Had this scheduled fixture occurred in the mid-2000’s, eyes would be glued to the screen. One of the all-time rivalries, with two Grand Final bangers comes full circle as we find both sides struggling in 2023. The Swans sit in 15th and host the identity-less West Coast. Coach Adam Simpson said pre-game that he wants his side to find their identity and brand in this back half of the season, while the Swans will be hoping to find some form and perhaps sneak into finals again this year. Could the Swans get the job done at home, or were the Eagles able to shock everyone to secure their second win for the year? Here’s what happened.
Well … That Happened
After games like this, it’s hard to know where to start. For all intents and purposes, this was a training drill for the Swans. They had the game on their terms, did what they wanted, and blew the Eagles off the park. They were ruthless all day – sometimes, in matches like this, teams can put the cue in the rack. Not the Swans. They ensured that they filled their boots, scoring their biggest-ever win, while consigning the Eagles to their heaviest-ever defeat.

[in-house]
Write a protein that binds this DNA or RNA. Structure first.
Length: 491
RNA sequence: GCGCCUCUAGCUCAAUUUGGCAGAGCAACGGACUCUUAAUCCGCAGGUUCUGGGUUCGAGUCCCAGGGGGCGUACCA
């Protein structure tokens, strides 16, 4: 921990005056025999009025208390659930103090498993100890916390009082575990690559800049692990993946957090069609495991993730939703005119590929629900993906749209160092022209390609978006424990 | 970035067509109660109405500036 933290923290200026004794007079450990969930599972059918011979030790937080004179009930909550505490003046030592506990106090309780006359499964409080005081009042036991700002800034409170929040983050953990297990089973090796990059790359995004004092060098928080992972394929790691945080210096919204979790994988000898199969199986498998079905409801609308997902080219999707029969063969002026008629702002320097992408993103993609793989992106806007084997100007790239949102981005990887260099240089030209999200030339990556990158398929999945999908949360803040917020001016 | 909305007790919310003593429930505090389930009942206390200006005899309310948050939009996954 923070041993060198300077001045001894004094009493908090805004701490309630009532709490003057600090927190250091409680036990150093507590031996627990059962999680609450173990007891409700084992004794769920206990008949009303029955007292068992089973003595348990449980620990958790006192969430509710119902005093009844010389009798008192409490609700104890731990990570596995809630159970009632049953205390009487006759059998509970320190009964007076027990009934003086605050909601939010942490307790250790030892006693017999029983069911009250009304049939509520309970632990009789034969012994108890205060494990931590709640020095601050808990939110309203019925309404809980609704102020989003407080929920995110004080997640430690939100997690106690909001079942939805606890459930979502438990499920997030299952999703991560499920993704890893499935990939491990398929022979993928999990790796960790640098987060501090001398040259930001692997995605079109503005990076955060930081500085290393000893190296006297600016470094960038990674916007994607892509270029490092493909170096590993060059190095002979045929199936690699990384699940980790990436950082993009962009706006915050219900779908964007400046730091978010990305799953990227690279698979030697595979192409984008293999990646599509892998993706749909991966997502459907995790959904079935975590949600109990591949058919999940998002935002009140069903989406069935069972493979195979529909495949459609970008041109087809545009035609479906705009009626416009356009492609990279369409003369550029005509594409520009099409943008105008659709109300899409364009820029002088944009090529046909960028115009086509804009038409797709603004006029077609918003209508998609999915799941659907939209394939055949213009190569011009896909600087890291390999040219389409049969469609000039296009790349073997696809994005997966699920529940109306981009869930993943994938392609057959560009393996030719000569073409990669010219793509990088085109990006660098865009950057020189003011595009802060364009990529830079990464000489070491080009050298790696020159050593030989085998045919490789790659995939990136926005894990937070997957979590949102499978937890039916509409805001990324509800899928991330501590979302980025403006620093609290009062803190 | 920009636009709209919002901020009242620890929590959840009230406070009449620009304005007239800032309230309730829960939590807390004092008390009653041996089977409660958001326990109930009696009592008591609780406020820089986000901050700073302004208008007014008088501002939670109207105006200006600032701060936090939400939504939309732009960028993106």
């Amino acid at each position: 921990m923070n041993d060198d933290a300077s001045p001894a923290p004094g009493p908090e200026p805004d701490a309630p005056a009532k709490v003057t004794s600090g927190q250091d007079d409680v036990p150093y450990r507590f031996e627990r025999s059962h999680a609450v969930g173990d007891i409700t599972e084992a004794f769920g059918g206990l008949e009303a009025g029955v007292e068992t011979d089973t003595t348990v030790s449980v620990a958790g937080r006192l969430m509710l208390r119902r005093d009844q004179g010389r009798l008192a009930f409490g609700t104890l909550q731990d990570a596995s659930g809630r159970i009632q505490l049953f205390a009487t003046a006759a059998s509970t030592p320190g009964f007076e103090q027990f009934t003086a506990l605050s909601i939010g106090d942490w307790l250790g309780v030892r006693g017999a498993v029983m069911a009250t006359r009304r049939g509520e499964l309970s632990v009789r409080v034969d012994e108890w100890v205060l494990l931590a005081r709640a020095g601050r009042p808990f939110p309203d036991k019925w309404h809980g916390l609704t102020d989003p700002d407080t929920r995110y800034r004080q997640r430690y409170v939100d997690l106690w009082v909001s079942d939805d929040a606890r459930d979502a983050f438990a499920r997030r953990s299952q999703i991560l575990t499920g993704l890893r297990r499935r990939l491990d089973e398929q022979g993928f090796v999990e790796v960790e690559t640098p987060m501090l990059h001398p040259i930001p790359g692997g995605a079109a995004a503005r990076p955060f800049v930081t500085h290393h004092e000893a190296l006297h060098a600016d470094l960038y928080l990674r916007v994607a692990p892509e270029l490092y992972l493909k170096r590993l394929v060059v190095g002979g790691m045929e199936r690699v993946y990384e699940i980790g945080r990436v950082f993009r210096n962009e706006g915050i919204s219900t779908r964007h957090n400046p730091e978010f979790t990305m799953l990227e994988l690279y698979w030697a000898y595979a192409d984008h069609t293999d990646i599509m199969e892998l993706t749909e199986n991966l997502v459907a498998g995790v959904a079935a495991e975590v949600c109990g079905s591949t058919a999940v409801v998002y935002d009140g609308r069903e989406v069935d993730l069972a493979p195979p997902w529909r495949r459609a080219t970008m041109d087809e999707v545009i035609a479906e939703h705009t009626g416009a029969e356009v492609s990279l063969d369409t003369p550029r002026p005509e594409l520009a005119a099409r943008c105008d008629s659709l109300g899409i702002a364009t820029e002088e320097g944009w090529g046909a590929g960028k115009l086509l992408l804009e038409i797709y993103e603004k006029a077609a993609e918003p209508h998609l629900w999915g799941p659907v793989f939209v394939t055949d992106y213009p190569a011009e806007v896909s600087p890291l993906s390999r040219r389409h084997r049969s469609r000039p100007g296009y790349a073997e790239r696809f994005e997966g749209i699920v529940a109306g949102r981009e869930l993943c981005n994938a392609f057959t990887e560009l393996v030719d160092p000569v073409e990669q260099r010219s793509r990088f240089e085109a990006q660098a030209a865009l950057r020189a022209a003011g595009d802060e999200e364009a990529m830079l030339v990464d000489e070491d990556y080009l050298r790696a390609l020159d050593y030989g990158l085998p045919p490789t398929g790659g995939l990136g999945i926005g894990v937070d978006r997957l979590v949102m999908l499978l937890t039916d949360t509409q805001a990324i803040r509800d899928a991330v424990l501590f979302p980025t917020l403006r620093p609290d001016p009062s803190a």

Watching a game like this is a challenge. It’s easy to get bored, and so it requires things to do to get through it. Today, that was whiskey and preparing a roast pork and all the trimmings. Something that requires diligence, and a set strategy to get the best crackle … you don’t want a disappointing, chewy crackle … you want it to literally crack. The end result – success! Arguably an even bigger success than Isaac Heeney on return.
It’s days like these (well, really, matches like this one) that open the discussion for the mercy rule. What did it achieve for West Coast fans and their players? For the Swans, they are played back into form (naturally in time to play my Cats next week) and receive a significant percentage boost, leaving them, somehow, within a sniff of a finals appearance.
Tom Hickey had an incredible start to the game. If you missed the start, you’d have tuned in to see the Swans already two goals up, and it all started with Hickey in the centre circle. He gave his midfielders first use, and helped to generate the opening two centre clearances, inside 50s, and the first two goals – all within the opening two minutes of the contest.
This was a consistent trend throughout the game. While Bailey Williams had two more hit outs than Hickey, it was the Swans ruckman’s ability to use his body and strength to control more contests, gain more clearances, and to even get involved in sending the ball inside 50 on five occasions.
Over the years there have been many strategies and gameplans to bring success. In today’s game with starting positions, getting first use at stoppages is an incredible asset and significantly improves a team’s chances of setting up and controlling field position, and the game as a whole.